Bear Call Spread

A bear call spread refers to a vertical spread involving two calls with different rates but sharing the same expiration date.


What Is a Bear Call Spread?

A bear call spread is a vertical spread composed of two calls with different strike rates but the same expiration date. It is a low-risk and low-profit strategy. The purpose is to generate optimal revenue at minimum risk. It is designed to make a profit in bearish or neutral price action. 

Understanding Bear Call Spread

A bear call has two calls of the same expiration while having different strike rates:

  • Long Call

In a bear call spread, the long call is the call option bought as part of the spread. This option is bought at a higher strike price than the call options sold, known as the short call of the spread.

The purpose of the long call is to limit the losses from the short call if the underlying security price rises instead of falls. 

  • Short Call

In a bear call spread, the short call is the call option sold as part of the spread. This option is sold at a specific strike price, at which the underlying security can be bought or sold if the option is exercised. The investor receives a premium upon selling call options, representing the trade’s potential profit.

The purpose of the short call is to profit from a decline in the underlying security price.

Here’s How It Works:

Suppose an investor initiates a bear call spread by selling call options on XYZ Corporation’s stock with a strike price of $50 and simultaneously buying call options on XYZ stock with a strike price of $60.

If the price of XYZ stock goes below $50 within the time frame specified by the options, the short call of the spread will expire without being exercised, and the investor will keep the premium as profit.

However, if the price of XYZ stock rises above $50 but remains below $60, the short spread call will be exercised, requiring the investor to sell the stock at the strike price of $50. In this case, the long call of the spread will also be exercised, allowing the investor to buy the stock at the higher strike price of $60.

The net result is that the investor will incur a loss equal to the difference between the strike prices of the short and long calls of the spread. For example, if the price of XYZ stock is $55 when the options are exercised, the investor will incur a loss of $5 per share ($50 – $60). This loss is limited by the long call of the spread and is much smaller than the potential loss from simply selling call options without a long leg.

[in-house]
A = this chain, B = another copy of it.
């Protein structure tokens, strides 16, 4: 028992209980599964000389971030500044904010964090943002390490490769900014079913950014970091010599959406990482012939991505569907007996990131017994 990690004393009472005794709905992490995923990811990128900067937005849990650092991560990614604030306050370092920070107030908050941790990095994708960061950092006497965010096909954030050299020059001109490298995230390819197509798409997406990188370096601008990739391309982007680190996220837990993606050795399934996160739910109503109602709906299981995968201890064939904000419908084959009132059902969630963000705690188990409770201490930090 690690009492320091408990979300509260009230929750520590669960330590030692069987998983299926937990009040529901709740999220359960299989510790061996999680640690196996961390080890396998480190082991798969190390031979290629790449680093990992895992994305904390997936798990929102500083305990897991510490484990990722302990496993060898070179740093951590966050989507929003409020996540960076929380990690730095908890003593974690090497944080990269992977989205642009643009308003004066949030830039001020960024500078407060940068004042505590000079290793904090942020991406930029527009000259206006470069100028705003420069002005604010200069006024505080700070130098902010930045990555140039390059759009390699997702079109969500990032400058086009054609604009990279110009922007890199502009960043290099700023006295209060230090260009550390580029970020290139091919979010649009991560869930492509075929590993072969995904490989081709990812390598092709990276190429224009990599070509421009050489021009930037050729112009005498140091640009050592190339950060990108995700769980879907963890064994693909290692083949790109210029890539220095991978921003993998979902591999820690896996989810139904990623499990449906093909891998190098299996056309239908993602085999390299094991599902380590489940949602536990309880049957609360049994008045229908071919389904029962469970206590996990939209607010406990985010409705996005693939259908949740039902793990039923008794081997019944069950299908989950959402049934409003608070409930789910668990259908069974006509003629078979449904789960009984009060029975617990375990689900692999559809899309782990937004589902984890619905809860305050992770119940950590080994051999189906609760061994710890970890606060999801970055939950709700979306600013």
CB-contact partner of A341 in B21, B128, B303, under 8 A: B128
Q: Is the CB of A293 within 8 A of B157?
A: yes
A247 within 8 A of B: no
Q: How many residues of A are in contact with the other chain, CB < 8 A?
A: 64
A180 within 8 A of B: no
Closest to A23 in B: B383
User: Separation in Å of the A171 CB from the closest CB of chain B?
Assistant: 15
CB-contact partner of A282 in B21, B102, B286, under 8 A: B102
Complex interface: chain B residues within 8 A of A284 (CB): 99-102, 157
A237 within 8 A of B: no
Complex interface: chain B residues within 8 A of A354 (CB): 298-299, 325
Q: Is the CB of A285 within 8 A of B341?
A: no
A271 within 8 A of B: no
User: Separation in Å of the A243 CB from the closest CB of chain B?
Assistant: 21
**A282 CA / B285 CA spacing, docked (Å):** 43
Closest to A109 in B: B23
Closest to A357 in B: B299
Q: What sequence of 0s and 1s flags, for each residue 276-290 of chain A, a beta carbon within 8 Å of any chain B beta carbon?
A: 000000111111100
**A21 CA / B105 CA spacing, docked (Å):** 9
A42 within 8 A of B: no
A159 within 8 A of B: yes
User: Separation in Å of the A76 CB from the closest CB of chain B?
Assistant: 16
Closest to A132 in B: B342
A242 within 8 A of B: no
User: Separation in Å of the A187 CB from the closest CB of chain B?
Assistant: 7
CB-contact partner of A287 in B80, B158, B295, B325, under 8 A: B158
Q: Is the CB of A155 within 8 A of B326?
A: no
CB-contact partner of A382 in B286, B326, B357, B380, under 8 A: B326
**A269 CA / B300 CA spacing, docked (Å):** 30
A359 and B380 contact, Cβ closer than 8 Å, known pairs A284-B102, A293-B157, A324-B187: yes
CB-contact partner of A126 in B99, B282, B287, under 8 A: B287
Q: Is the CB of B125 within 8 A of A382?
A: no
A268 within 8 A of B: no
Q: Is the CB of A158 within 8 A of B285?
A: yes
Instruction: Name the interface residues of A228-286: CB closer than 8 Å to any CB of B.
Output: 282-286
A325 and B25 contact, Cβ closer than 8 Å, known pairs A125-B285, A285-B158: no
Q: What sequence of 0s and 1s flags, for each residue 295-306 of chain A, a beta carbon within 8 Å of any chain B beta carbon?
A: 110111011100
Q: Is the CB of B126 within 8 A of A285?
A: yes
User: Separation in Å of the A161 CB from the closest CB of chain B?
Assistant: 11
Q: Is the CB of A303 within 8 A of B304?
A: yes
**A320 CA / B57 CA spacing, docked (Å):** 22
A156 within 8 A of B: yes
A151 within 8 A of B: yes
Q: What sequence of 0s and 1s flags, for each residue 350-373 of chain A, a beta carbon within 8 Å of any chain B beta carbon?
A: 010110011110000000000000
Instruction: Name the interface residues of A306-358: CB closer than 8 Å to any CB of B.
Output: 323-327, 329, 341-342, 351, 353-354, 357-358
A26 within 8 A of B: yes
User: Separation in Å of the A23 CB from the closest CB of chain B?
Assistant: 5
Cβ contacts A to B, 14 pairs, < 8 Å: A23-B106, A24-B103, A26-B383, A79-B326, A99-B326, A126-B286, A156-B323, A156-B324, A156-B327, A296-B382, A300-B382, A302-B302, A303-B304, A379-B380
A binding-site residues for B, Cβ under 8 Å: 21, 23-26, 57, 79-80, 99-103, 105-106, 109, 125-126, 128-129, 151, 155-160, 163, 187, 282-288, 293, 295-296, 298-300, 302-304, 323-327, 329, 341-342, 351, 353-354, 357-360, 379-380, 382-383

Overall, the long call in a bear call spread helps to limit the potential losses from the short call of the spread if the underlying security price rises instead of falls. It is a more conservative approach than simply selling call options and can help investors manage their risks more effectively.

Working on Bear Call Spread

The bear call spread works on defined principles with their advantages and disadvantages.

Maximum Loss

The maximum loss a seller can receive in a bear call spread equals the difference between the strike prices and the net credit. Maximum loss is experienced when the stock price is equal to or greater than the long call of the bear call spread.

High Strike – Low Strike – Net Credit

Maximum Gain

The net premium offered is the maximum gain or profit in a bear call spread. It is experienced when the stock price is equal to or greater than the short call at the expiration time.

Break Even

The bear call strategy is set to break even when the total stock price at the end of the expiration date is equal to the rate of the short call summed with the net premium received.

Breakeven=Short Call+Net Credit

Volatility

Since the bear call spread has short and long calls, the price fluctuation does not affect the spread much. The stock price and expiration date remain constant, and the change is distributed amongst the calls.

Example of a Bear Call Spread

Suppose an investor believes that the price of XYZ Corporation’s stock is likely to decline in the coming weeks. They decide to initiate a bear call by selling call options on XYZ stock with a strike price of $50 and an expiration date of three months from now.

The investor receives a premium for selling the call options, representing the trade’s potential profit. If the price of XYZ stock declines below $50 within the next three months, the options will expire without being exercised, and the investor will keep the premium as profit.

On the other hand, if the price of XYZ stock rises above $50 within the next three months bear call spread is applied as investors sell the stock at the strike price of $50. In this case, the investor will incur a loss equal to the difference between the strike price and the stock’s market price when the options are exercised.

Generally, a bear call is a way for investors to profit from a decline in the price of a particular security. It is a risky strategy, as there is always the potential for losses if the underlying security’s price rises instead of falls.